Case Report | Open Access
Staphylococcus lugdunensis Septic Arthritis following Arthroscopic Anterior Cruciate Ligament Reconstruction
Summary. We report two cases of Staphylococcus lugdunensis (S. lugdunensis) septic arthritis following arthroscopic anterior cruciate ligament (ACL) reconstruction. Both initial surgical procedures were ACL reconstruction along with simultaneous collateral ligament and meniscus procedures. Patients presented with septic arthritis three and ten weeks following the index procedure. Both patients successfully recovered with early arthroscopic irrigation, debridement, and synovial culture, in addition to long-term parenteral and oral antibiotics.
Septic arthritis following anterior cruciate ligament (ACL) reconstruction is a rare (0.1-1.7%) but potentially devastating complication . Postoperative septic arthritis has a negative impact on both short- and long-term outcomes of ACL reconstruction [2, 3]. Severe sequelae like full thickness cartilage lesions, degenerative arthritis, and osteomyelitis can be seen. Since cartilage loses more than half of its glycosaminoglycan and collagen content within seven days from the onset of infection, early diagnosis and prompt aggressive treatment are crucial to avoid potentially dramatic sequelae. The main goal of treatment is first to protect the articular cartilage, with a secondary goal of protecting the graft tissue. Serial arthroscopic joint debridement and lavage along with antibiotic treatment provides successful elimination of the infection and graft preservation .
Like other coagulase-negative staphylococcus species, widespread colonization of Staphylococcus lugdunensis (S. lugdunensis) in the human skin may play a role in potential dissemination. Skin and soft tissue infections and endocarditis are the most frequent manifestations of an S. lugdunensis infection. S. lugdunensis has been reported in the orthopaedic literature, associated with osteoarticular joint infections, prosthetic joint infections, osteomyelitis, infections related with fracture fixation devices, and arthroscopic ACL reconstruction .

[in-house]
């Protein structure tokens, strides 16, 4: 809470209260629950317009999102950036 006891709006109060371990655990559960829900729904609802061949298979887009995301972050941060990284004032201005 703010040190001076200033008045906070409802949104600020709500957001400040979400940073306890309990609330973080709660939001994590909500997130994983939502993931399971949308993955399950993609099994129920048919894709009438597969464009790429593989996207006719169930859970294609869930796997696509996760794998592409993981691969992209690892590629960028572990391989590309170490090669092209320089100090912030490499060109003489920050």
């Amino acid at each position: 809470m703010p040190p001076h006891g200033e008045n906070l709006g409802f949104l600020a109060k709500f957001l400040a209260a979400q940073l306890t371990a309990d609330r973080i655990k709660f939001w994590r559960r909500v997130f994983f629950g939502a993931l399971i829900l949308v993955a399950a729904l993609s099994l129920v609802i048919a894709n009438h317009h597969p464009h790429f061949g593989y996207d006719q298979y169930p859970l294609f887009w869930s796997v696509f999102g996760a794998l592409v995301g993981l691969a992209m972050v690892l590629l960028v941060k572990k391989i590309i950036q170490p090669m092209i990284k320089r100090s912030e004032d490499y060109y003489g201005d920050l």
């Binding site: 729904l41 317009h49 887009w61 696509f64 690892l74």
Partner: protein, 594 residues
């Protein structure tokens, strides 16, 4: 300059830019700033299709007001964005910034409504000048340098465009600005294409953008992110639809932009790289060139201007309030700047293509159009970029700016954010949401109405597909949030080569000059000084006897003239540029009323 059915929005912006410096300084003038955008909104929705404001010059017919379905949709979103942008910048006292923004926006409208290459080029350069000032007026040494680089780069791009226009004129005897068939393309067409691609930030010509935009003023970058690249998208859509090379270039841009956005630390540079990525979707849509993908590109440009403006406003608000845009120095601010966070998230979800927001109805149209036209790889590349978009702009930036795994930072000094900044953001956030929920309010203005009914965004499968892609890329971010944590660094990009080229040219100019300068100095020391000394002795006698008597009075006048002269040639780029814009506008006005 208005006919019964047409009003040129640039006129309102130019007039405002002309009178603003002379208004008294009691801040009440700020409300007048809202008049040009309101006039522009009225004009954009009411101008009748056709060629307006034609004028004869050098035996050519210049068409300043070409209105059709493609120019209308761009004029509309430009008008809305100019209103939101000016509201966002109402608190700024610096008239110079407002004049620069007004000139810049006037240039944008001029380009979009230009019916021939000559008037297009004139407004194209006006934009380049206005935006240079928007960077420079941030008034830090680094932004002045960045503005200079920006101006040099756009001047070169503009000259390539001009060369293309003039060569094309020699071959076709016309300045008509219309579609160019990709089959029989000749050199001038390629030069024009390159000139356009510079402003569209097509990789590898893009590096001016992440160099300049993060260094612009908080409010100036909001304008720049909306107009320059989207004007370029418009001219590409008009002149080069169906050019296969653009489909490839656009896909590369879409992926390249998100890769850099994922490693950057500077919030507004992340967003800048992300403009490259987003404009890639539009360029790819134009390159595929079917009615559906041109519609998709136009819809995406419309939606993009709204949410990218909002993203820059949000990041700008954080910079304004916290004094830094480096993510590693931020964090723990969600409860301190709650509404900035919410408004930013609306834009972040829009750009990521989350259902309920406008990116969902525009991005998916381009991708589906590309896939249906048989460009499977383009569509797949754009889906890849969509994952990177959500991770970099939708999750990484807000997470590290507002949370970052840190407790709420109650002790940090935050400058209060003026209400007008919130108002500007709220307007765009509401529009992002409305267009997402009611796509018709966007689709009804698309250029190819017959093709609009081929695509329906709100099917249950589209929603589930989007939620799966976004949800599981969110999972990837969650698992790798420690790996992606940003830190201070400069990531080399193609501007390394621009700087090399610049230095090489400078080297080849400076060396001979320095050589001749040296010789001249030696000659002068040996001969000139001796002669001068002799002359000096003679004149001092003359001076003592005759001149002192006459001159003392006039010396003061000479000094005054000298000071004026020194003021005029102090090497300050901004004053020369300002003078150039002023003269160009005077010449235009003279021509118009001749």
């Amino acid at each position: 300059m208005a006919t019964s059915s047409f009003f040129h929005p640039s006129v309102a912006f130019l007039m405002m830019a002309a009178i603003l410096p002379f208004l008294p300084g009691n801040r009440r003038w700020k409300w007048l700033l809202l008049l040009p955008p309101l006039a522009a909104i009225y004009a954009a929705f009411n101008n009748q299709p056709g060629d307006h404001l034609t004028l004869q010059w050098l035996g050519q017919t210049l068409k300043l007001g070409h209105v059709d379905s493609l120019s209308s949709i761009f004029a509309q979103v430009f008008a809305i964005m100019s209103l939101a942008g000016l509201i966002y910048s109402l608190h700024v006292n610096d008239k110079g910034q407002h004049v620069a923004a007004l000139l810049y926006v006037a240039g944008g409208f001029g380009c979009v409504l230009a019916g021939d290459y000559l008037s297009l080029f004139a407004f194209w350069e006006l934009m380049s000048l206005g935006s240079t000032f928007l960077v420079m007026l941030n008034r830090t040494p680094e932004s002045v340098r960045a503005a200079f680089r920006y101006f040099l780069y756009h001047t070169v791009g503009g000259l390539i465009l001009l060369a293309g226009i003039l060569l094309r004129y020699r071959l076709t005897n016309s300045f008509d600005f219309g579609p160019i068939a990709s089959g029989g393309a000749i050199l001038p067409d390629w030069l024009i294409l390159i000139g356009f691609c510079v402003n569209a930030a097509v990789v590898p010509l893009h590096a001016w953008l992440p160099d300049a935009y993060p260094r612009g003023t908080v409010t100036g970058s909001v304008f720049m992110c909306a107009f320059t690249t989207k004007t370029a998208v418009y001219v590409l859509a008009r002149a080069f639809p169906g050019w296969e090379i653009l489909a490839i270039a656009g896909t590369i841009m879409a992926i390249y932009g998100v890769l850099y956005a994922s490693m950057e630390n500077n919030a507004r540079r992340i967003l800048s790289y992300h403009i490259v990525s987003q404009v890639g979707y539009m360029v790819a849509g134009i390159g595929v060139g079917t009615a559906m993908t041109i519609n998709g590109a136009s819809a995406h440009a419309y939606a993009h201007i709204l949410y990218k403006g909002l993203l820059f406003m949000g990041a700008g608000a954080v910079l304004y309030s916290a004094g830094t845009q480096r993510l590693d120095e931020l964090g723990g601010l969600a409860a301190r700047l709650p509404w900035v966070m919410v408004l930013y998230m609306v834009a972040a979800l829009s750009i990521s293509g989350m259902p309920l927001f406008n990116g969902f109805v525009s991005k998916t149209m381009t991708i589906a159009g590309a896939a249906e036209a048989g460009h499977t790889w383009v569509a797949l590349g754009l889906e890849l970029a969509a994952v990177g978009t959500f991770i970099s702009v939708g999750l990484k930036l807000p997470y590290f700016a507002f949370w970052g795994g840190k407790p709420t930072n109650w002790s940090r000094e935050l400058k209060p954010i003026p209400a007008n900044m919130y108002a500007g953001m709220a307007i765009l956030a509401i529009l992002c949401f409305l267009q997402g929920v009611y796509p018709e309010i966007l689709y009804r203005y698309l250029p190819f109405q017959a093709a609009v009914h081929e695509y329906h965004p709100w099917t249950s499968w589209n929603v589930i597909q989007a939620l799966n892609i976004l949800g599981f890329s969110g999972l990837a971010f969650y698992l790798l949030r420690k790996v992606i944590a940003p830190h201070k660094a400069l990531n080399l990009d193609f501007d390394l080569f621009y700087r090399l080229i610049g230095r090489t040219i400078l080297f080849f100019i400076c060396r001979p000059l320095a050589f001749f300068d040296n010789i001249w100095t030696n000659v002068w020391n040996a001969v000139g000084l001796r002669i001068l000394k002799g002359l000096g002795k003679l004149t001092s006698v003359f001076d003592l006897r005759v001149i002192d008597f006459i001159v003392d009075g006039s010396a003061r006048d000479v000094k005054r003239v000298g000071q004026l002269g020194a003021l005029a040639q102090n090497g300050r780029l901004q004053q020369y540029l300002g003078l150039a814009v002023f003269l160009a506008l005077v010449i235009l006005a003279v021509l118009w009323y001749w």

We present the second report in the literature of two cases of S. lugdunensis septic arthritis following arthroscopic ACL reconstructions.
2. Case Reports
2.1. Case 1
The first case was a 20-year-old male patient who presented to the emergency department with right knee pain and increased swelling ten weeks following ACL reconstruction with a bone-patellar tendon-bone (BPTB) autograft, fibular collateral ligament (FCL) repair with augmentation with semitendinosus allograft, and a lateral partial meniscectomy. Vital signs were within normal limits. C-reactive protein (CRP) level was 26 mg/l and erythrocyte sedimentation rate (ESR) was 5 mm/h. Knee joint aspiration showed yellow, turbid aspirate consisting of 82,000/mm3 neutrophils. Arthroscopic knee joint irrigation, synovial debridement and synovial biopsy/culture (I&D) were performed the next day. Arthroscopy revealed an intact and well-synovialized ACL without a new meniscus tear or cartilage defect (Figure 1). The patient was admitted and intravenous ceftriaxone (2 g/day) was started. A repeat synovial biopsy/culture was performed four days later and the intraoperative culture grew S. lugdunensis. A hemovac drain was inserted during both procedures.
Two weeks following the arthroscopy, the knee was still swollen and blood tests revealed ESR at 43 mm/h and CRP at 59 mg/l. Knee joint aspiration showed 165,000/mm3 neutrophils. The FCL allograft was found to be infected, so the decision was taken to remove it. The screw hole on the lateral condyle was enlarged and the screw was loose, consistent with infection. Intraoperative cultures grew S. lugdunensis. Antibiotic regimen was changed to intravenous (IV) cefazolin (6 g/day) and rifampin (oral 600 mg/day) based on the result of sensitivity tests. Two repeat I&Ds were performed three and six days after the aspiration to ensure eradication of the infection. In the latter three procedures, the infected tissues seemed to be improving and a drain was not needed.
Thirty days after the initial arthroscopy, inflammatory markers dropped down to normal values (ESR 12 mm/h and CRP 2.5 mg/l). Suppression oral antibiotics continued for three months with doxycyclin (200 mg/day). Six months later, physical examination found knee flexion to be 0–130° without pain and a negative Lachman test with firm endpoint. Even though the FCL graft was removed, a varus stress test was negative, possibly due to primary repair. The patient returned back to sports with a varus-loading brace.
2.2. Case 2